Great logos are deceptively simple; so to the untrained eye, they seem easy to create. The perfectly balanced logo designs you see every day are the product of obsessive tweaking. Expert designers are so skilled at unifying shapes, colors, and layouts that their work looks effortless.
Yet, hiring a designer to handle the entire process isn’t always an option. Maybe you’re working with a tight budget or already have a strong concept in mind. Whatever the case, check out these design basics before you make your own logo.
1. Gather design inspiration
Visuals draw your eyes to simple details that make a great logo jump off the page. Learning to spot attractive design elements can help you narrow down your style choices.
Look to logos from successful brands and designers for inspiration. You can print out images, save them on a computer or create a web album on websites such as Pinterest. Try to visually dissect your favorite picks, taking note of the form and placement of each shape. Here are sample elements to keep in mind:
- Are the lines sharp, round, or a combination of both?
- Is the design symmetrical? If not, what other elements create balance?
- How does the design use centered or off-center elements?
- How do the shapes interact? Are they adjacent? Stacked? Overlapping? Concentric?
- Are the colors complementary? Contrasting? Monochromatic? Neutral?
- Does the design include white space? Broken lines or shapes?
Pay attention to patterns and trends that stand out, especially in your industry. Consumer perception is a big part of branding. Imagine visiting a bank with a wacky mascot logo and fun, youthful brand colors. A bank has to inspire trust, so it needs an authoritative logo that matches its brand identity.
2. Decide on a custom or stock design
Does the mere thought of an art project make you cringe? A logo maker is a do-it-yourself option to get a ready-made design or mock-up without any art skills. Logo makers provide design templates with images and font pairings to help you try out a variety of looks. They are tailored to beginners, and you can customize a design with just a few simple tweaks.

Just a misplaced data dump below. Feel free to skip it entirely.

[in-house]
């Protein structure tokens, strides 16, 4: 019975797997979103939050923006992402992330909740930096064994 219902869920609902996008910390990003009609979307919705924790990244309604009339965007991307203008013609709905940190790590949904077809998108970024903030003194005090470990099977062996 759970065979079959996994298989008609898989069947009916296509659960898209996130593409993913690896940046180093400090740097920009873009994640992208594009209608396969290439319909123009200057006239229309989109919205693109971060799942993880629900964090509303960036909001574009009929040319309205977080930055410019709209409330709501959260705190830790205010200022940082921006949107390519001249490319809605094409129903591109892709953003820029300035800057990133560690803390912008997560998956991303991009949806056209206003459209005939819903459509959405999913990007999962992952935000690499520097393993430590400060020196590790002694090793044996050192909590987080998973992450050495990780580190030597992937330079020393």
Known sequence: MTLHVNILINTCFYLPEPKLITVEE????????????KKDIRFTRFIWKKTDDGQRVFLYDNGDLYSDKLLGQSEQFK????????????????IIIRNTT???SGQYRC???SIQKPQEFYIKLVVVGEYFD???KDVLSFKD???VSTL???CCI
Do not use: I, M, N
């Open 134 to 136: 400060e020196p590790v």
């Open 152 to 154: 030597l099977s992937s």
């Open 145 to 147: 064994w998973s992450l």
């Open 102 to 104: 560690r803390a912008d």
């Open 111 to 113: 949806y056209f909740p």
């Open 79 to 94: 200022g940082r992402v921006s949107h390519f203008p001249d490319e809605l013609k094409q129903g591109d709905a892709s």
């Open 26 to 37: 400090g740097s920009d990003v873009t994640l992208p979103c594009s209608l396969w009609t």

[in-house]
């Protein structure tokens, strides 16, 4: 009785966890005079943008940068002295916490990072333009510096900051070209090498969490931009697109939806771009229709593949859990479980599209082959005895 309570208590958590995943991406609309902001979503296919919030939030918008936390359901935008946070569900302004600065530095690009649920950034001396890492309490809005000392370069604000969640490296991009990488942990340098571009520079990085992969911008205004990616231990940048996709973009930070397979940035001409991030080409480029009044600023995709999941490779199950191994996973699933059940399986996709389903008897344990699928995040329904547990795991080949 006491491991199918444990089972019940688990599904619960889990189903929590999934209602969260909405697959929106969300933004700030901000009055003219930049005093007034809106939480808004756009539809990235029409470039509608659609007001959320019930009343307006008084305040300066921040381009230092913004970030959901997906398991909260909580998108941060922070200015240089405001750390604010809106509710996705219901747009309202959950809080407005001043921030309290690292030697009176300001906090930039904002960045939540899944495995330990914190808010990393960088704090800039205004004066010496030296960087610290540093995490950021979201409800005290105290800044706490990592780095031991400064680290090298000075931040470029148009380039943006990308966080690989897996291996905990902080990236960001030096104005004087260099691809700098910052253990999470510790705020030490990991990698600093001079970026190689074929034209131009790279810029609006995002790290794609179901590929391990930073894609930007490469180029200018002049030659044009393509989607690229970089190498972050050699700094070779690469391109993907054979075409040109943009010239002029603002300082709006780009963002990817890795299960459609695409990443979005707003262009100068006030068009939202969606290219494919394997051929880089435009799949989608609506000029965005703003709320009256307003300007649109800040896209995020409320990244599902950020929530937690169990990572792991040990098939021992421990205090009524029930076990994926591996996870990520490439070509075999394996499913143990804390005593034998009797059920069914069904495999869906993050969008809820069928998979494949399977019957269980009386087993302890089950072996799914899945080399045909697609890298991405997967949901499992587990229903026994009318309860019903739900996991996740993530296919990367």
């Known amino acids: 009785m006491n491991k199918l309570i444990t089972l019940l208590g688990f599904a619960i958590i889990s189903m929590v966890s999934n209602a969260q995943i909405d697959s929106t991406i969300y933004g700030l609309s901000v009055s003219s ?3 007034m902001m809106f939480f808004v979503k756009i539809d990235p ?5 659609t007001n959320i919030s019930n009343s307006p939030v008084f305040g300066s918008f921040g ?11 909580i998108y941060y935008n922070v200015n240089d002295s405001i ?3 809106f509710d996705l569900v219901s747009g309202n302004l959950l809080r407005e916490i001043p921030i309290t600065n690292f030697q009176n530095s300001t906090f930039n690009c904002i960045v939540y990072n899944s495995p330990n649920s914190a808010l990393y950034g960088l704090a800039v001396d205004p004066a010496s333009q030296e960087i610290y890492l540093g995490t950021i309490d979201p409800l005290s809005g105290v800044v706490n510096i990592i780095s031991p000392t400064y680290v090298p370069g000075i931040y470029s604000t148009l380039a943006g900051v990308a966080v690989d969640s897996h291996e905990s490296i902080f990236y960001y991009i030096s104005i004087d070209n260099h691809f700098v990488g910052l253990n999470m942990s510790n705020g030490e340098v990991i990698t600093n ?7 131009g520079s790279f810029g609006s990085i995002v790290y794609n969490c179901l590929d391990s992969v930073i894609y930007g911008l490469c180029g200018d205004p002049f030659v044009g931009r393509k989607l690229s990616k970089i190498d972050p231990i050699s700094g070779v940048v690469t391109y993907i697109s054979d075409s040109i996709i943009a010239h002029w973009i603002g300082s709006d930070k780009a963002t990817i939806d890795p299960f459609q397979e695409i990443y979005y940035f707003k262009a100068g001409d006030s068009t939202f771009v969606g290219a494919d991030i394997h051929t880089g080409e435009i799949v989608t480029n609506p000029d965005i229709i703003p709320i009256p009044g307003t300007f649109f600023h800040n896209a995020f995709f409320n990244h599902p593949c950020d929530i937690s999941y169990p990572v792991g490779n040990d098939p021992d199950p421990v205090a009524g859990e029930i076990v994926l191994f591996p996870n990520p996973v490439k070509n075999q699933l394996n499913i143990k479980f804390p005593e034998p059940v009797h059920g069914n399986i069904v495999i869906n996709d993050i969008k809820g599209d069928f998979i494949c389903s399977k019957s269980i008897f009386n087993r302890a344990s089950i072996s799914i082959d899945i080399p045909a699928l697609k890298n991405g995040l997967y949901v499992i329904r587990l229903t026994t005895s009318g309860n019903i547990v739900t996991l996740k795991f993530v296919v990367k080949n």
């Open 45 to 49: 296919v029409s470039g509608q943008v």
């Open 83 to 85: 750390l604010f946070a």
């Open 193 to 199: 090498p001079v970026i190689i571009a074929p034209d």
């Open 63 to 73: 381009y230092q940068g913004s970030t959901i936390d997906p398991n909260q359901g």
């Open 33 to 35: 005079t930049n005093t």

On the other hand, an original custom logo can set your business apart, giving you more distinction and brand recognition. The custom route takes more time, effort and patience, but you can simplify a design to fit your skill level.
Using a stock design can work in some situations if you don’t want to make your own logo from scratch. For example:
- You have an established business with a loyal customer base.
- You operate locally and have few direct competitors.
- Your operate locally and have strong branding through other channels.
- Your overall branding goes against industry norms.
A custom logo is typically a good option if your business is new or online. Growing businesses are under more pressure to build an audience, and it’s easier to stand out with a custom logo.
3. Plan to transform a template
When you’re going with a logo maker, look for programs with a big library of editable templates. The more power you have to customize the design, the better it will be. Customization reduces the chance of running into another business with a similar logo.
Choose a template with a symbol you like, and then change the fonts and colors to make the design your own. When it makes sense, go with a symbol that has strong ties to your business name, but not your industry.
Consider how Fruit of the Loom uses food on an underwear brand, an uncommon association. Yet, it perfectly conveys the message behind the brand name.
You should also play around with word placement. Deviating from the standard look — a logomark above a business name — can immediately add visual impact. Here are common ways to transform a template: